While the virus usually resolves in 2-4 weeks, complications can include scars; serious bacterial infections;lung complications; eye problems and blindness; and brain inflammation (encephalitis).
The estimated mortality rate for monkeypox is between 1-10 percent, but mostly among people with poor health or pre-existing conditions in Africa. So far no one has died from monkeypox in the U.S.
Monkeypox usually resolves on its own with bed rest and supportive care, especially in the beginning stages of fever and fatigue.
As of today, there is no specific treatment approved for the monkeypox virus. Updates are provided by the CDC. A person infected with monkeypox should remain isolated until there are no more scabs and the last crust on the skin is shed.
If symptoms become severe or worsen, hospital treatment may be required. . Hospitals have specific protocols in place to avoid spreading the infection to healthcare workers,other patients, and the public.
As per CDC, the following medical countermeasures are offered by the Strategic National Stockpile (SNS) as therapeutic options for monkeypox:
- Tecovirimat (POXX) - an antiviral drug approved by the The Food and Drug Administration (FDA) for adults and children weighing over 3 kgs.
- Brincidofovir (Tembexa) an antiviral drug approved by the FDA in June 2021 for treating human smallpox in adults and children, including infants. The CDC is currently working to have this drug approved for monkeypox as well.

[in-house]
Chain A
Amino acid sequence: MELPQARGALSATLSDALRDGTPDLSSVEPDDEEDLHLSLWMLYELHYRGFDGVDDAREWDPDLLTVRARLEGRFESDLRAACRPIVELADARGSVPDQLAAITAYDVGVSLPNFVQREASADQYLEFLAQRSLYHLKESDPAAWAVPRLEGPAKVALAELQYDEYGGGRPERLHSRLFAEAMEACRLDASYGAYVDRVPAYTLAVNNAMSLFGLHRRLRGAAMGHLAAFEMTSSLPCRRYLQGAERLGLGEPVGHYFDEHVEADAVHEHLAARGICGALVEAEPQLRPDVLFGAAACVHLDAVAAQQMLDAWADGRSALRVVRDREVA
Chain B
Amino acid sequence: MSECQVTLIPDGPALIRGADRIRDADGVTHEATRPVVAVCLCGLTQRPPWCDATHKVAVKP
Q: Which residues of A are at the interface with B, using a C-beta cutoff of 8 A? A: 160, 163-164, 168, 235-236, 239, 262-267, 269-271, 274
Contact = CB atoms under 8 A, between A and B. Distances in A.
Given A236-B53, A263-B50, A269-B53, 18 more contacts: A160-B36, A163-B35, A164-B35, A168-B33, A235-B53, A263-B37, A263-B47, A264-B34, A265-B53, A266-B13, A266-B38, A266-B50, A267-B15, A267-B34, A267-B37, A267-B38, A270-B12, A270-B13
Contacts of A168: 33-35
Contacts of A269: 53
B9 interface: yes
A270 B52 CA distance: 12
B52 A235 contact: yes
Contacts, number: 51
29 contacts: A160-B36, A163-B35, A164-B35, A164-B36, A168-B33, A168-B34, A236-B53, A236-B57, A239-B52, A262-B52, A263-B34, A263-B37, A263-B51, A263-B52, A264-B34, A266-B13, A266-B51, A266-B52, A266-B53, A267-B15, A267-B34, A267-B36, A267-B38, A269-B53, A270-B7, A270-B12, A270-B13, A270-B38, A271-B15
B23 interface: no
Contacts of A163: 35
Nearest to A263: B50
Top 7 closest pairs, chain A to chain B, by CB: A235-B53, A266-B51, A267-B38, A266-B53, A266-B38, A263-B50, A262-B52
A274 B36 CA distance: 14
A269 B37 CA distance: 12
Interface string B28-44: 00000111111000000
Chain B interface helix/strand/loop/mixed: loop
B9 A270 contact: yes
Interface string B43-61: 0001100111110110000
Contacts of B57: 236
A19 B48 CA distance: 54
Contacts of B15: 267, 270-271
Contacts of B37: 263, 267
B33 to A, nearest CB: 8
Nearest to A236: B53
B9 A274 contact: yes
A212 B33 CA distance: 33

- Cidofovir (Vistide) - an antiviral drug used for AIDS patients that has been approved by the FDA.
- Vaccinia Immune Globulin Intravenous (VIGIV) - licensed by the FDA to treat complications related to vaccination.
Monkeypox prevention includes following general health measures meant to reduce the spread of the virus along with two available vaccines.
General prevention measures include:
- Avoiding contact with animals that have potential to transmit the disease (for example sick or dead animals in high risk areas)
- Avoiding contact with materials that had been in contact with a sick animal
- Practicing good hand hygiene by washing often and using hand sanitizers
- Staying home when feeling unwell, and talking to a doctor if concerned about symptoms
Two vaccines currently on the market can help prevent monkeypox: ACAM200 and JYNNEOS. Both are licensed in the U.S. to prevent the smallpox virus, particularly JYNNEOS.
- ACAM2000 is a live virus preparation. After the inoculation, a lesion will form at the site of the injection. It is important to avoid close contact after vaccination because the virus growing at the site of the inoculation can spread to other parts of the body and possibly to other people.
- JYNNEOS is also a live virus preparation, but does not replicate at the site of the injection. It won’t cause a visible lesion or spread to other people. JYNNEOS is given in two doses, one month apart.
- Vaccines are recommended for individuals at higher risk including research and healthcare professionals who may work around orthopoxviruses, and military personnel.